Coalition Senators' Dissenting Report

Coalition Senators' Dissenting Report

1.1        The Coalition strongly supports Australia’s shipping industry and recognises that coastal shipping is integral to Australia’s freight network. 

1.2        Coalition Senators support constructive measures to revitalise the shipping industry and increase the number of Australian flagged vessels, with dwindling numbers currently standing at only 22 ships. However, after consideration of the government’s five shipping reform bills, we are concerned that these bills will fail to meet their proposed objective of revitalising the Australian coastal shipping industry. 

1.3        The recommendations made by the Committee do not adequately address additional issues raised by stakeholders at the hearing. Further flaws are highlighted below that have not been addressed in the Committee’s recommendations.

Significant increase in costs and regulatory burden for users of coastal shipping

1.4        A number of submitters to the inquiry expressed concern over the level of additional expense and red tape that will be imposed on the coastal shipping industry as a result of these bills, with a particular focus on the proposed three tier licensing regime. Many labelled the proposal as inflexible and impractical. 

1.5        As the current system stands, non-Australian flagged vessels can be granted permits to operate single and continuous voyages in Australian coastal waters. Under the proposed regime, Australian flagged vessels will have unrestricted access to coastal trade; and foreign vessels can be granted a year-long temporary licence to operate.

1.6        According to a report prepared by Deloitte Access Economics, which was commissioned by the Cement Industry Federation, foreign vessels operating on single and continuous voyage permits make up about thirty per cent of coastal shipping.[1] This report also found that the new scheme will increase shipping costs and freight rates by up to 16 per cent.[2]

1.7        In its submission, Sucrogen Australia Pty Ltd stated that an increase in the cost of coastal shipping would force offshore trading within the molasses market.[3] Other submitters gave similar evidence that this suite of bills would impose significant downstream economic impacts on industries reliant on coastal shipping trade, which will have a detrimental impact at a time when the Australian manufacturing industry is struggling with the high Australian dollar, weaker global demand and the imminent Carbon Tax.

1.8        The proposed scheme also requires parties seeking a Temporary Licence to carry out a minimum of five voyages per year.[4] Caltex argued that the minimum voyage requirement is not practical or reasonable and suggested that this could reduce transparency within the industry, by encouraging shippers to include bogus voyages in their applications to meet the licensing requirements.[5]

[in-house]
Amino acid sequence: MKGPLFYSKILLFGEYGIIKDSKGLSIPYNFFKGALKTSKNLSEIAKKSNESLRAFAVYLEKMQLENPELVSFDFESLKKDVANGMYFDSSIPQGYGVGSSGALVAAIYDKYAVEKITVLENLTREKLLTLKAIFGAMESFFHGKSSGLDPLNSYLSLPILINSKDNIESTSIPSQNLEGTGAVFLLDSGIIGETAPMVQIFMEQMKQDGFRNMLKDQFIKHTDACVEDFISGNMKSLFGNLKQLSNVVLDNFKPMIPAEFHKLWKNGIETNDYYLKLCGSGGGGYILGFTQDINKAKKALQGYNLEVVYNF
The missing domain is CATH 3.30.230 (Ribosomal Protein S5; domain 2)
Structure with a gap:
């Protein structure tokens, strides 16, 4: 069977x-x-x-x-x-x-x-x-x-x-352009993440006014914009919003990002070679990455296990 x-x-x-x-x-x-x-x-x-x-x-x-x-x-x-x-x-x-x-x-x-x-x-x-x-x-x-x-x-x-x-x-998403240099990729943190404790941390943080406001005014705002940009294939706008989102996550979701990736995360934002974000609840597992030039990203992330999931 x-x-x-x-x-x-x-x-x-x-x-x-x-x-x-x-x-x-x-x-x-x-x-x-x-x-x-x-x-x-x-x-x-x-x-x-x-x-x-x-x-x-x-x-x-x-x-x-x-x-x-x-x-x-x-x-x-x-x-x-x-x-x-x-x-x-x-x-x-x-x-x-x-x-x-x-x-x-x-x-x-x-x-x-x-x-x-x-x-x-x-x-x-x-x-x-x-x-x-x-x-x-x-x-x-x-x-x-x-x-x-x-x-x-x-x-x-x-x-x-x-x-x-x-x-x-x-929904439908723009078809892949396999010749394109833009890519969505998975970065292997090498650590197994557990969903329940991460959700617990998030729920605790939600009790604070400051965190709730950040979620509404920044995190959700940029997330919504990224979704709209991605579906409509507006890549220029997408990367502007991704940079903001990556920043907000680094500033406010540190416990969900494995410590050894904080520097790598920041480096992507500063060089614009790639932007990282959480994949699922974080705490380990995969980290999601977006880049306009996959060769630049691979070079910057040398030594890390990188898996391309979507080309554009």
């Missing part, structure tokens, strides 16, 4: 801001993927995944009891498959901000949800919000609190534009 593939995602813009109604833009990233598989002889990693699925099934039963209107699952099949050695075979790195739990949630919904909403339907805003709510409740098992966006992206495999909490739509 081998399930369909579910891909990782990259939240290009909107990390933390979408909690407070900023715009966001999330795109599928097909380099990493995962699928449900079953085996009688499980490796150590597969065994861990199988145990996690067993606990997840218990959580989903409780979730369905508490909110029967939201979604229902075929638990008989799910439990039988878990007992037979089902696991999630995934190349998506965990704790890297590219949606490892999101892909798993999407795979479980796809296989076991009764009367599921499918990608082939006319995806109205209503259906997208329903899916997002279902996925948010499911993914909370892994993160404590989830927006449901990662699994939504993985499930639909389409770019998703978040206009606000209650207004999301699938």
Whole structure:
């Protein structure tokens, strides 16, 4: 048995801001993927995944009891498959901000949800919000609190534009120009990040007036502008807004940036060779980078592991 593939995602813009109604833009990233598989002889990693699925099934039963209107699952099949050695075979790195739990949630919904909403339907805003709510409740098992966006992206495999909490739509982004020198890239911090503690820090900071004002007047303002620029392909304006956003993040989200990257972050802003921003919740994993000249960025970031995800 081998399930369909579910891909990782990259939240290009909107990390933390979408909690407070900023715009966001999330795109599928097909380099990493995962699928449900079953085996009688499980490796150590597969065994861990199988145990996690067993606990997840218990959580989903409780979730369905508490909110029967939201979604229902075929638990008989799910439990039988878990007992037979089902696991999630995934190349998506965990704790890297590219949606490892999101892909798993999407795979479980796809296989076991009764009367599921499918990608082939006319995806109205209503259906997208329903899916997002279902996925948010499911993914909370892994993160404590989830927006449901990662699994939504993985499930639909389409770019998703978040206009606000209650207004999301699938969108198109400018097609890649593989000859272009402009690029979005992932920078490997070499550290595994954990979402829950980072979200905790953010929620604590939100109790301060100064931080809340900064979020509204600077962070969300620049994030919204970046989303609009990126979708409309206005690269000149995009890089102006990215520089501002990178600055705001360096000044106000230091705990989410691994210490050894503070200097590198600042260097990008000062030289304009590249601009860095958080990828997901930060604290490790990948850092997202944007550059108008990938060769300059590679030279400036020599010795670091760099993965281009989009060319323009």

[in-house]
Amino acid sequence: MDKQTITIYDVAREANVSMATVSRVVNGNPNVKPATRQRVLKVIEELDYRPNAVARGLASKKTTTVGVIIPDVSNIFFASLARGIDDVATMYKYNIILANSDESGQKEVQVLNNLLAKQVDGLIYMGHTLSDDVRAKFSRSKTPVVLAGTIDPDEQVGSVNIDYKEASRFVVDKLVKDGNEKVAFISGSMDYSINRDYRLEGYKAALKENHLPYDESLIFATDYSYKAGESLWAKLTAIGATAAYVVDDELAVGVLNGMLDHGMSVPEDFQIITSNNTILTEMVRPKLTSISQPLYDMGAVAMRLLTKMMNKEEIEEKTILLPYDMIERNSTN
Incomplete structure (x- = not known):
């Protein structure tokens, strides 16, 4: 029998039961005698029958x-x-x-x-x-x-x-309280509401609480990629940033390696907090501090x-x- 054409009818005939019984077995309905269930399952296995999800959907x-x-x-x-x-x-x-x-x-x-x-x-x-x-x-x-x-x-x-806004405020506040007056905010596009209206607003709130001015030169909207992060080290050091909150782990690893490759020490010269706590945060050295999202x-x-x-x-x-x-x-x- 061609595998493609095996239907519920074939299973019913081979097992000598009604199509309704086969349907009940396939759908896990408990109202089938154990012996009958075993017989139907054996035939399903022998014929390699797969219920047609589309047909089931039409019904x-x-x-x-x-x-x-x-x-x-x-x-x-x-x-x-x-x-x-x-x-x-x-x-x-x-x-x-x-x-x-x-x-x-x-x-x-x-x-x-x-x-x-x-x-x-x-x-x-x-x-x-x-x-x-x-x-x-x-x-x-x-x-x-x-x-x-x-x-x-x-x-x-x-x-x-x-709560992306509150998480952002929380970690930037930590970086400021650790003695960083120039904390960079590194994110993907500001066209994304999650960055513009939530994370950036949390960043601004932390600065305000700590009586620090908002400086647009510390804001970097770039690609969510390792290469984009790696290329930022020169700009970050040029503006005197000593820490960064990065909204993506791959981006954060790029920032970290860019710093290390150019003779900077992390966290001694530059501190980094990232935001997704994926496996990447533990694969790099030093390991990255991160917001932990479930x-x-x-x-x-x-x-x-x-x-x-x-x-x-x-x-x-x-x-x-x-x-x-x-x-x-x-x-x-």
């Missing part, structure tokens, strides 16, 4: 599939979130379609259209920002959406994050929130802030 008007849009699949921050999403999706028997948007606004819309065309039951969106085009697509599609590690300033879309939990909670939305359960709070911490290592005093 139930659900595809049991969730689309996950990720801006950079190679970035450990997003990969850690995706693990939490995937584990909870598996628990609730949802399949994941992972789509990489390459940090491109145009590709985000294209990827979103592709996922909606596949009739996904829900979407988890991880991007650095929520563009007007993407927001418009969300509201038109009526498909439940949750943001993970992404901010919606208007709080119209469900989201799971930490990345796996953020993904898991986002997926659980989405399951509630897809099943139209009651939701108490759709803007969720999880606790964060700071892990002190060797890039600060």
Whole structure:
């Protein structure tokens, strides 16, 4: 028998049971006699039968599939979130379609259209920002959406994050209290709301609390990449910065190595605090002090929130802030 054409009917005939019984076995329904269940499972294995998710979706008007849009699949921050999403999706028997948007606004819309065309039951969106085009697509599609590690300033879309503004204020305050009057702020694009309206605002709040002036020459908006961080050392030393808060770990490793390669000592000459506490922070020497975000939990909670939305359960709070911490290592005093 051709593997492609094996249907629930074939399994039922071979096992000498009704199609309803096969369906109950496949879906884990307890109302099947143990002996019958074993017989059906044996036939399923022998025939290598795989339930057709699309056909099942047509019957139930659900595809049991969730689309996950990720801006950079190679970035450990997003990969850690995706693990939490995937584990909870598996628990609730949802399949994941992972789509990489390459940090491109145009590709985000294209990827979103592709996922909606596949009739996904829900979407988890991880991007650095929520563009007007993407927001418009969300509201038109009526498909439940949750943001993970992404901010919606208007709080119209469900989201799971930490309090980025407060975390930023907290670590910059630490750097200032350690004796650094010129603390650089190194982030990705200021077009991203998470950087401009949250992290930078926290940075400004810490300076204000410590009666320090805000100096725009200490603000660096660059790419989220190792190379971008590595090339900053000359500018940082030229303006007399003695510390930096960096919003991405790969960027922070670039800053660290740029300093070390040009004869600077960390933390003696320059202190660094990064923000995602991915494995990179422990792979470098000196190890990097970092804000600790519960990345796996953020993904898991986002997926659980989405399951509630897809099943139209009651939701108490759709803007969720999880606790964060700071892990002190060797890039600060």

1.9        Representatives from seasonal industries such as the Fertiliser Industry Federation of Australia gave evidence to the Committee that the proposed three tier licensing regime would not provide the industry with the necessary flexibility required to transport seasonally demanded goods.

1.10      Submitters from the fuel industry also expressed concern over the inflexibility of the proposed licensing system, stating that it will impact the security of Australia’s fuel supply:

It is critical the hydrocarbon sector is able to quickly divert cargos to meet changing supply and demand levels to maintain Australia’s energy security. These occurrences may take place within a 24 hour period after a vessel has departed and the Bill currently has no provision for meeting this need.[6]

1.11      Coalition Senators are concerned that the proposed licensing scheme will prove costly and burdensome for industry, with the consequence being higher costs and reduced competition and transparency for both the shipping industry and manufacturers and producers.

The Bills will fail to revitalise the Australian shipping industry

1.12      The Government has stated that the purpose of the new scheme is to revitalise the Australian shipping industry by stimulating growth in the number of Australian ships on our coast and maximise the use of Australian flagged vessels, however Labor has failed to demonstrate how the new scheme will achieve this. 

1.13      It is of particular concern to Coalition Senators that officials in attendance at the hearing from the Department of Infrastructure and Transport avoided confirming that the bills will actually revitalise the Australian shipping industry and preferred to refer to the bills as "a good investment platform"[7] stating that they expected "some" pick up in the industry.

1.14      Coalition Senators recognise the Committee’s positive recommendations that an independent body be established to monitor the progress of the bills and that the compact between industry and unions is finalised before the suite of shipping reform bills are proclaimed. However, these recommendations do not address the higher costs and regulatory burden these bills are likely to impose on industry, nor do they go far enough to address the need for a root and branch review of coastal shipping practices in Australia, which we believe can only be effectively achieved through referral to the Productivity Commission.

1.15      Based on the reasons outlined above, Coalition Senators recommend that the Senate does not pass these bills.

Recommendation 1

1.16      That the Senate does not pass these bills.

Recommendation 2

1.17      That a Productivity Commission inquiry be undertaken in relation to coastal shipping in Australia.


Senator David Bushby
Deputy Chair

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